Research project

Non-contact scanning probe station for advanced wafer scale testing of photonic integrated circuits

Project overview

Integrated photonics manufacturing is rapidly becoming a mature multi-billion pound global industry as photonics is underpinning an very wide range of applications aligned with UK's industrial strategy in AI and Web 5.0, the Future of Mobility, Healthcare, and Future Sensors. Test and measurement forms a critical part of most fabrication workflows both in industry and in research, for its potential of picking up deviations at the earliest stage possible and certainly before any expensive packaging and integration steps. On-wafer testing provides an early opportunity which can potentially save significant costs by preventing malfunctioning devices to continue in the processing workflow thus avoiding unnecessary waste of resources, tooling and energy. Importantly, wafer testing allows to feed back any deviations from the original design caused by failures in the fabrication process and smaller drifts exceeding the manufacturing tolerances. The semiconductor industry's leading IRDS Roadmap 2020 has identified the importance of photonics in next generation computing but has pointed out critical bottlenecks in available testing tools for addressing challenges in yield, variability, precision, and tunability of photonic chips. Fabrication imperfections are currently amongst the main limiting factors for achieving reliable high-volume photonics manufacturing.

With the appearance of new photonic probe extensions to commercially available wafer probers commonly used in semiconductor electronics manufacturing, a range of sophisticated end-to-end characterisations is now available. This is ideal for a range of tests verifying performance and validating the entire circuit response against the expected output and identifying the critical outliers which are responsible for failure at the systems level. However the current generation of tools lack the capability of extracting information on what happens inside the photonic circuit. As integrated circuits become more and more complex, the lack of intermediate probe points in the circuit becomes an ever more pressing issue. Indeed this issue was addressed recently in other research projects, where groups have proposed erasable output couplers in the circuit as an option for more in-depth testing of intermediate probe points.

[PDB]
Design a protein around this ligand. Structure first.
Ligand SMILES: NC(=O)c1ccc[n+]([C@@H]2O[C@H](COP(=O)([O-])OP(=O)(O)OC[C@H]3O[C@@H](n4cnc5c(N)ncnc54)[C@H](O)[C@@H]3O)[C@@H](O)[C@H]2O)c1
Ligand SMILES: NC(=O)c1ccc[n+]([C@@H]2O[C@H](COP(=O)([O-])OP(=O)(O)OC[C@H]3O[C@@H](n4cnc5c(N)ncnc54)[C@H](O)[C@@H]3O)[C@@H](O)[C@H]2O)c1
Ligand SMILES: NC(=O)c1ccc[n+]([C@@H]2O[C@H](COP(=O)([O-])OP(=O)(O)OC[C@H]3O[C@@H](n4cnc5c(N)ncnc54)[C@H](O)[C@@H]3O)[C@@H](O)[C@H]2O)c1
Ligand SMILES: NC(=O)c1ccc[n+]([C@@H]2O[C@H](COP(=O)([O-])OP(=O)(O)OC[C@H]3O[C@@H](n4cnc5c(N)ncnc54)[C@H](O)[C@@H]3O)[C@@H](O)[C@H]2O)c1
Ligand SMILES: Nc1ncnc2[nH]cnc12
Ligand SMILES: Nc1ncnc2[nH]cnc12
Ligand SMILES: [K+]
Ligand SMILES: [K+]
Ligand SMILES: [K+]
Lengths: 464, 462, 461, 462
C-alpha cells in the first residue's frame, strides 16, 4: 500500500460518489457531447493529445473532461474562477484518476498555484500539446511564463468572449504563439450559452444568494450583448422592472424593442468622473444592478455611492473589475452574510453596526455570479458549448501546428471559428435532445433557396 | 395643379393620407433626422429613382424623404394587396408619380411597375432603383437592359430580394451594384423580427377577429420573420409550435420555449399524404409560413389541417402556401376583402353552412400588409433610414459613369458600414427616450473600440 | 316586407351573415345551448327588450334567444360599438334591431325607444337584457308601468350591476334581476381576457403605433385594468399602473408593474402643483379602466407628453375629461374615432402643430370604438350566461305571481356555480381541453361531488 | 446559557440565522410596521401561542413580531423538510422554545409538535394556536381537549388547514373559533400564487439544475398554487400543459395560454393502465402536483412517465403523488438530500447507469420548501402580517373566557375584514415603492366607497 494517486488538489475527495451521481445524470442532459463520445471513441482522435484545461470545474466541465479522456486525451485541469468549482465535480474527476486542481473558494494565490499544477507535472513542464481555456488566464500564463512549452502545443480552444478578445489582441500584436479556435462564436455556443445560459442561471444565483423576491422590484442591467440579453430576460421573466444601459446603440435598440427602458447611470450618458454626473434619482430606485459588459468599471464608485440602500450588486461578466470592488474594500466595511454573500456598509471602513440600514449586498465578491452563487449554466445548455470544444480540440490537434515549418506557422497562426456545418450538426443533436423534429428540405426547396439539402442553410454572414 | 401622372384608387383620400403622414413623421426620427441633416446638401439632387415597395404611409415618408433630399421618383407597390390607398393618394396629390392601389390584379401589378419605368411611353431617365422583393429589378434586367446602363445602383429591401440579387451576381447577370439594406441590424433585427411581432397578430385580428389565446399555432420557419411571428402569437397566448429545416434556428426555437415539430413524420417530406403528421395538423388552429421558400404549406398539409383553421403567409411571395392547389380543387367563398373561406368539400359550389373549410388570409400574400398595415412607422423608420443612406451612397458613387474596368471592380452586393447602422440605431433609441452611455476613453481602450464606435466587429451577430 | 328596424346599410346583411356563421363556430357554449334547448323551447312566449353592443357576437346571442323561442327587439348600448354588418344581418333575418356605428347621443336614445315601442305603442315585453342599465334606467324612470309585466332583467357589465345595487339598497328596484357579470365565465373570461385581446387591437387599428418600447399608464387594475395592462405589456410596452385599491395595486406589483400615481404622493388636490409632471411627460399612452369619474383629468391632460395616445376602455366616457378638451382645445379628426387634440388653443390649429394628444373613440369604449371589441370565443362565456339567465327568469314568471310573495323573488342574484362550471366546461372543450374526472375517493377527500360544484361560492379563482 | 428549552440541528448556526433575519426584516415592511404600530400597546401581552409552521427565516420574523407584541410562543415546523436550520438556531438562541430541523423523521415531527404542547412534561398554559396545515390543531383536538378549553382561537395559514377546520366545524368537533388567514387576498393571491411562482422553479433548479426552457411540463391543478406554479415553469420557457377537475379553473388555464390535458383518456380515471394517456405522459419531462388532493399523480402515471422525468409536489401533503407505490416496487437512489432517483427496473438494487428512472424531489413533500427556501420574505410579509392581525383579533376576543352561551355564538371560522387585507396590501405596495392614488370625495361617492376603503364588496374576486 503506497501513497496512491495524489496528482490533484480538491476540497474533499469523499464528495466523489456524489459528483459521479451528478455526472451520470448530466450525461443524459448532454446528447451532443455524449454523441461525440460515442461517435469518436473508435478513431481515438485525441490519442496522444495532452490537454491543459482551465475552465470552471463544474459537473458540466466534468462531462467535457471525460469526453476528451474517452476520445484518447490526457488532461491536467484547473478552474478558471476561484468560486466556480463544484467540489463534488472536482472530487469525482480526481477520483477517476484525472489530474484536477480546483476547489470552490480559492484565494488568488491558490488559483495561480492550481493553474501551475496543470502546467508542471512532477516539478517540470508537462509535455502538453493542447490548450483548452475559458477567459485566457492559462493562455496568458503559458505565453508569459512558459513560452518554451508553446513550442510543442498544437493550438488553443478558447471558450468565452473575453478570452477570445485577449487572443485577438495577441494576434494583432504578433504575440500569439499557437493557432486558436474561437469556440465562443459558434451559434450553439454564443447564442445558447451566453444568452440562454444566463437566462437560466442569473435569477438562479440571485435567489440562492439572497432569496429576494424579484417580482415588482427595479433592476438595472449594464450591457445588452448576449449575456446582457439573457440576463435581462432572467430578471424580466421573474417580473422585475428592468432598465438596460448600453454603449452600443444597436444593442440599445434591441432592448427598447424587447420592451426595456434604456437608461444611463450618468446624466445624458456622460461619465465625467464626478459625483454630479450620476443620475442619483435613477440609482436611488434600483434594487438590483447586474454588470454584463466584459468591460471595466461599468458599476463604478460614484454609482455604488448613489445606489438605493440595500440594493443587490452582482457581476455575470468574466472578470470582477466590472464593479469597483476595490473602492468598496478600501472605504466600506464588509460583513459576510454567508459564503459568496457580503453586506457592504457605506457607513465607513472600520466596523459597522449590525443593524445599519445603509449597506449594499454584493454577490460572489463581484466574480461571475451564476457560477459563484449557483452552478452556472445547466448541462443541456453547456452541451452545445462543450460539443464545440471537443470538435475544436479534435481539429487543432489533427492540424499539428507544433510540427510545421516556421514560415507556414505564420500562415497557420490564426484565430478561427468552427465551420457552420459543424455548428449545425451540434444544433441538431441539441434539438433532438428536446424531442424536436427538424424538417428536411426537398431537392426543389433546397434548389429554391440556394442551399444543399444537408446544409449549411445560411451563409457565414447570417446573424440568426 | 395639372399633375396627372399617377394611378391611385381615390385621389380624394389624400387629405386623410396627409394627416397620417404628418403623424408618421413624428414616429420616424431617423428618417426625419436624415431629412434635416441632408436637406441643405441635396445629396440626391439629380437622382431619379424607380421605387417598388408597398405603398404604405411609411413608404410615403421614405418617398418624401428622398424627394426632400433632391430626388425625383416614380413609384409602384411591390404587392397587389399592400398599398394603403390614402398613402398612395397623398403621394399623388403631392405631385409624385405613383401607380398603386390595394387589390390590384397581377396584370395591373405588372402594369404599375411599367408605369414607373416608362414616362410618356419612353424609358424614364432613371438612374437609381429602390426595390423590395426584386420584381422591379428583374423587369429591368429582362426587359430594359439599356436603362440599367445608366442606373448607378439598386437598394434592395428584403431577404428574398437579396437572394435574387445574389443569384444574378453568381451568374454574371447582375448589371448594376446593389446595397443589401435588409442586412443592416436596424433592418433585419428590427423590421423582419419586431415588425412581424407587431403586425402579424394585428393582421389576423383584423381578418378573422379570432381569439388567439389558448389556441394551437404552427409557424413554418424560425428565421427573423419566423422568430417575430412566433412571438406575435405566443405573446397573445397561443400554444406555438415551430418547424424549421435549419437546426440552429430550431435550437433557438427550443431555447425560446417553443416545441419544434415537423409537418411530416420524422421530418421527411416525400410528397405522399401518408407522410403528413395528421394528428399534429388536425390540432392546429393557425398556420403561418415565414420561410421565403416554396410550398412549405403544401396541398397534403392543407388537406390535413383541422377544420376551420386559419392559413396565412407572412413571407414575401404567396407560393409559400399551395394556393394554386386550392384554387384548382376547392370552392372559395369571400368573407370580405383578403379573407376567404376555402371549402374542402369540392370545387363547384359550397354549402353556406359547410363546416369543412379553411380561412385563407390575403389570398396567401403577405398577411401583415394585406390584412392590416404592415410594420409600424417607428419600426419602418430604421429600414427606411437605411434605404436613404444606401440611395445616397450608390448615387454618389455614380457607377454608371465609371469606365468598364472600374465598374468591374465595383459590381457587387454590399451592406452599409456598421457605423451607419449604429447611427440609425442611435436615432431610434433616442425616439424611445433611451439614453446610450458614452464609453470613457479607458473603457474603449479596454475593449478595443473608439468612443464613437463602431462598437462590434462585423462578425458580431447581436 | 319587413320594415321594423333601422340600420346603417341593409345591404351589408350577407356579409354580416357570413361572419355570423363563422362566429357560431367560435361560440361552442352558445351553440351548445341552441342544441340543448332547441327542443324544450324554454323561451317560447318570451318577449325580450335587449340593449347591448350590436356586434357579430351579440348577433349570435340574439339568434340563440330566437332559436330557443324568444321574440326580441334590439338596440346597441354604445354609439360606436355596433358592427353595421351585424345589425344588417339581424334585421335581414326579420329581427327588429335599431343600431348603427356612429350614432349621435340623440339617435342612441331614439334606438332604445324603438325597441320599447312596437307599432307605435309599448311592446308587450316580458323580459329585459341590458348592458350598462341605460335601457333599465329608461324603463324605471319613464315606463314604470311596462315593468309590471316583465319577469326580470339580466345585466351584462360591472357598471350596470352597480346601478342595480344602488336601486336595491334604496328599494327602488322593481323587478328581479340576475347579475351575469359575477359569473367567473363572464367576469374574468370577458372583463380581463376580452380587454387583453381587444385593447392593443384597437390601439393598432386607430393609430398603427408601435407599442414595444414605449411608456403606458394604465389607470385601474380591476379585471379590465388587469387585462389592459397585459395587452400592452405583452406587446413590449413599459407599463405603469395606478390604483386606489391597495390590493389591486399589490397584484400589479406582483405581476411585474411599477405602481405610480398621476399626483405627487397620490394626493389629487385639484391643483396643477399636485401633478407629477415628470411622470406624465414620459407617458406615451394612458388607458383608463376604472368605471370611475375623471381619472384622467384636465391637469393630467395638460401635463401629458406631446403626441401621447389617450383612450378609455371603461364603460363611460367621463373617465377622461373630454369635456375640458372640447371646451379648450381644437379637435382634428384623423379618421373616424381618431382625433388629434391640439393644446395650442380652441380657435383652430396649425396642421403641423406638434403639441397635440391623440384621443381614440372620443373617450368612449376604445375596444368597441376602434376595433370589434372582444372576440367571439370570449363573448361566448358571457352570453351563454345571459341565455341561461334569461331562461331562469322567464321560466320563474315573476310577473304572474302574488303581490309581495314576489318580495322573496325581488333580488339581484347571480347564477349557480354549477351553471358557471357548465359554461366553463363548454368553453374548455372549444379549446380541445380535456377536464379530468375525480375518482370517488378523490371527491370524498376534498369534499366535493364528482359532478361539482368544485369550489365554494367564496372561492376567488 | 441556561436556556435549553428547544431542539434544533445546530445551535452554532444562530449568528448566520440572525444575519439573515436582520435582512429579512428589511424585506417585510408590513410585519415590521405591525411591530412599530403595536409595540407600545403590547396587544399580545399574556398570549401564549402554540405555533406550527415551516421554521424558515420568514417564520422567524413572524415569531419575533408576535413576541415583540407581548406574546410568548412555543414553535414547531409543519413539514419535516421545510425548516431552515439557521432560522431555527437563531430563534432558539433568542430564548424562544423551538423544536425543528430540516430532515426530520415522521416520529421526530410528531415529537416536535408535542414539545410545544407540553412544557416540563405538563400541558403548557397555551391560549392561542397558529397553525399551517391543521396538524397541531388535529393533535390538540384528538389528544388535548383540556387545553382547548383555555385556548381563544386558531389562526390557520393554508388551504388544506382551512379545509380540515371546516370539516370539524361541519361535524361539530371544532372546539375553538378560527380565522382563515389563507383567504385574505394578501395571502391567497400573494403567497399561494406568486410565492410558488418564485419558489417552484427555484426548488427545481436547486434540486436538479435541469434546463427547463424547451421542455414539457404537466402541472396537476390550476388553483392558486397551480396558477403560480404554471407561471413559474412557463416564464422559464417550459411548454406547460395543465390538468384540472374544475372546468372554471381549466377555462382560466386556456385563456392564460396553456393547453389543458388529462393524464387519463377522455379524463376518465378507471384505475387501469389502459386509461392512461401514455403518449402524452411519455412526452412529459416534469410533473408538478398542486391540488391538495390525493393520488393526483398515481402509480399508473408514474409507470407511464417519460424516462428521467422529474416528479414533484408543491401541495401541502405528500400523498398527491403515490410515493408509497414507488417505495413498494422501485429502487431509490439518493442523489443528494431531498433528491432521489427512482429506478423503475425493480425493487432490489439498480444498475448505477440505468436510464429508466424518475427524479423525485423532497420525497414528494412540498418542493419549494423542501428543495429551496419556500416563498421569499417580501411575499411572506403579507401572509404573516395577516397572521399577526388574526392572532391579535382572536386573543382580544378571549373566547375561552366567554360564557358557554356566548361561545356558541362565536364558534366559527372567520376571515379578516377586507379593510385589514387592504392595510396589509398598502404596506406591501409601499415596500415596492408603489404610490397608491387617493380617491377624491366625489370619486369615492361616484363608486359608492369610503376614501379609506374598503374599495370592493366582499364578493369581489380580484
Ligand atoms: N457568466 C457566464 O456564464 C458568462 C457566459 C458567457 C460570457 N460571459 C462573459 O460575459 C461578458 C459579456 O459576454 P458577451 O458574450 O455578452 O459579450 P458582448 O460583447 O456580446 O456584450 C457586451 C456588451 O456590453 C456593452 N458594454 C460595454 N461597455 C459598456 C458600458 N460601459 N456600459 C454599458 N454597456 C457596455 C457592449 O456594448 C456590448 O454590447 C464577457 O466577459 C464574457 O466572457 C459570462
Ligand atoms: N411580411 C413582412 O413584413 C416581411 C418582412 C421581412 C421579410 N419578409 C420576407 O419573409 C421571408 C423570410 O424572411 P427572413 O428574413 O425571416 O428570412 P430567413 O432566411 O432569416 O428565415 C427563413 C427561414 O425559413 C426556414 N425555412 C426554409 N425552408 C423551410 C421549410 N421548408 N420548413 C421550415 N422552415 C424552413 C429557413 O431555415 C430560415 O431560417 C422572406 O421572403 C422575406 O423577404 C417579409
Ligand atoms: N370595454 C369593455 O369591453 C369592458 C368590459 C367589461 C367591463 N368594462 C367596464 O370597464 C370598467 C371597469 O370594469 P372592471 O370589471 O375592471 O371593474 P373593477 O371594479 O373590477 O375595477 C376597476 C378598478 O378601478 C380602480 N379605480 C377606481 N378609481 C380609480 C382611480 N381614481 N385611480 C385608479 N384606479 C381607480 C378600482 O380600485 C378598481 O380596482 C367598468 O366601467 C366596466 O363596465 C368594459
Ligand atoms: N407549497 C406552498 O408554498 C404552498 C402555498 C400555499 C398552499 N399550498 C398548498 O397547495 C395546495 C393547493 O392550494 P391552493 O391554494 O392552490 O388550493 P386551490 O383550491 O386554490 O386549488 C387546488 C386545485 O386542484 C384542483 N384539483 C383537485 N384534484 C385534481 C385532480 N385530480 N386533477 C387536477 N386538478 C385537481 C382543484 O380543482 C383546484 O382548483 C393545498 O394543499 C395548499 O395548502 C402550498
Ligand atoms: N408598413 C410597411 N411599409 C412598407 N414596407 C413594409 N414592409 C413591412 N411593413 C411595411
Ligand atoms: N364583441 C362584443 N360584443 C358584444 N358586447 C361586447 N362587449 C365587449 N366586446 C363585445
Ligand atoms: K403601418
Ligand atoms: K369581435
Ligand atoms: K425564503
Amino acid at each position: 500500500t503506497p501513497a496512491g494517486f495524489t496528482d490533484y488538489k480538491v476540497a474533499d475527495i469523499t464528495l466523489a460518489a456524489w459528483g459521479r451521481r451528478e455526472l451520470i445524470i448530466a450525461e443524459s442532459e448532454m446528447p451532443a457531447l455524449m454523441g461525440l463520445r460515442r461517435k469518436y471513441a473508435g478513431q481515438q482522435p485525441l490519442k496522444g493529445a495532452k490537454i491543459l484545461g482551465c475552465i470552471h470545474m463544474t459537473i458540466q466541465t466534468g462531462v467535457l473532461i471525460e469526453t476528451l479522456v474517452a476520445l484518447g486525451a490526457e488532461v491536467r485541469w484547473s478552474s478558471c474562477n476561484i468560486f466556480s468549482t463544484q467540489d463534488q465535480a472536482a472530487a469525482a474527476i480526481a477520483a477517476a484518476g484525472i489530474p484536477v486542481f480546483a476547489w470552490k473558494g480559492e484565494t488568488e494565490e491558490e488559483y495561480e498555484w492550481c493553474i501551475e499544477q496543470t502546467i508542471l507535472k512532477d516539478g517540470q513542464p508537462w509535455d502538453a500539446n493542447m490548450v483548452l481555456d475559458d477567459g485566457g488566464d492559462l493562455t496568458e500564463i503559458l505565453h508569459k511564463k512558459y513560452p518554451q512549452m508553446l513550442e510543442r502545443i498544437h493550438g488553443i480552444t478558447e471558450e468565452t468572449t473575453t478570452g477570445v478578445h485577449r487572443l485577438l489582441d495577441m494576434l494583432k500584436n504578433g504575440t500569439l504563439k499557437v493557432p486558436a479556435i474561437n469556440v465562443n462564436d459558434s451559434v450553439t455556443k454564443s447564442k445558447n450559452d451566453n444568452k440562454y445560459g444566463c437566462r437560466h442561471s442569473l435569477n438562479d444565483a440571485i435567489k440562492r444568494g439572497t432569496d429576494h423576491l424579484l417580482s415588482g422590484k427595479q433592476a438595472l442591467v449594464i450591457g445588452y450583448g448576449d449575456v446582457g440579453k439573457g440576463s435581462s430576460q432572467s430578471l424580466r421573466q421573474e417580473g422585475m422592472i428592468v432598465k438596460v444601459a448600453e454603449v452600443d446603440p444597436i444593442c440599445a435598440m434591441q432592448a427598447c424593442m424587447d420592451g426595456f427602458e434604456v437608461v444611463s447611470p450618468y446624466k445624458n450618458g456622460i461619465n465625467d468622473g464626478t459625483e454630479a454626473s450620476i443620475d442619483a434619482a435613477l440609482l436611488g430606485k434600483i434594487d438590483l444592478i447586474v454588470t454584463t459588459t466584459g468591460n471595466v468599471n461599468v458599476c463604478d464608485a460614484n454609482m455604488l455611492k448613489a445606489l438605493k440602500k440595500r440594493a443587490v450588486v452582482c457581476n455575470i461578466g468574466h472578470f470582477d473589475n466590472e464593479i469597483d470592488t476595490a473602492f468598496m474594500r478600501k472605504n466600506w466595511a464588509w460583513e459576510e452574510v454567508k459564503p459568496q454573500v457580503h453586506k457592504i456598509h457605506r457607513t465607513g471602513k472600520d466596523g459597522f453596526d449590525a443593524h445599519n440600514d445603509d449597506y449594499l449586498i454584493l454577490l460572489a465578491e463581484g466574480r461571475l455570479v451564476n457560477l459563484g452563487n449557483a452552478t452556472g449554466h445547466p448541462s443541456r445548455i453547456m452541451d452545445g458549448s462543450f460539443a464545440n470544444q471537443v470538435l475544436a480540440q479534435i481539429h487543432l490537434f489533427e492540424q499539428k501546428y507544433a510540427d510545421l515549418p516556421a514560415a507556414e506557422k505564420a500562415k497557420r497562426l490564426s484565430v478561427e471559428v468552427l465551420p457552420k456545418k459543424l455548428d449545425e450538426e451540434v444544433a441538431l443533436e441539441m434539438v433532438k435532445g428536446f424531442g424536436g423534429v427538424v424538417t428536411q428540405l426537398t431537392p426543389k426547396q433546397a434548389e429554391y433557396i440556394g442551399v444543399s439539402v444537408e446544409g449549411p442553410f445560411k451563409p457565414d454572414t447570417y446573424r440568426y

However a more general approach is within reach as shown by us in a number of proof of principle studies leading to this project. It turns out that the semiconductors used in these photonic circuits are responsive to short-wavelength UV light, in fact responsive enough that illumination of a small microscopic point in the device gives rise to a traceable signal at the output of the circuit. By scanning this spot through the device, we can build up a detailed image of where the light is in both time and space. We can even resolve this map in wavelength, to build up a complete picture of device performance far beyond the capabilities of the commercial probe stations.

While this so far has remained a basic research topic, we propose here to push this approach forward as a versatile tool for wafer-scale photonics testing. For this we need to make the techniques much faster, robust and reliable for use in a manufacturing workflow, and aligned with the actual requirements of the end users on different platforms. The majority of the project is therefore focused on developing this instrumentation, operating this with an open source Python data acquisition framework for interoperability and user customization, and generate a convincing set of tests and demonstrators for each platform that will be used to leverage the capabilities of this platform for different application areas. At the end of the project we expect that we have developed a self-contained instrument that will find use in a wide range of research and manufacturing environments around the world.


Lead researcher

Professor Otto Muskens

Professor of Physics

Research interests

  • Programmable photonic circuits using ultralow loss phase change materials.
  • Infrared metasurfaces for radiative cooling and defence applications.
  • Deep learning and AI enabled nanophotonic design.
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Other researchers

Professor David Thomson

Professorial Fellow-Research
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Collaborating research institutes, centres and groups

Research outputs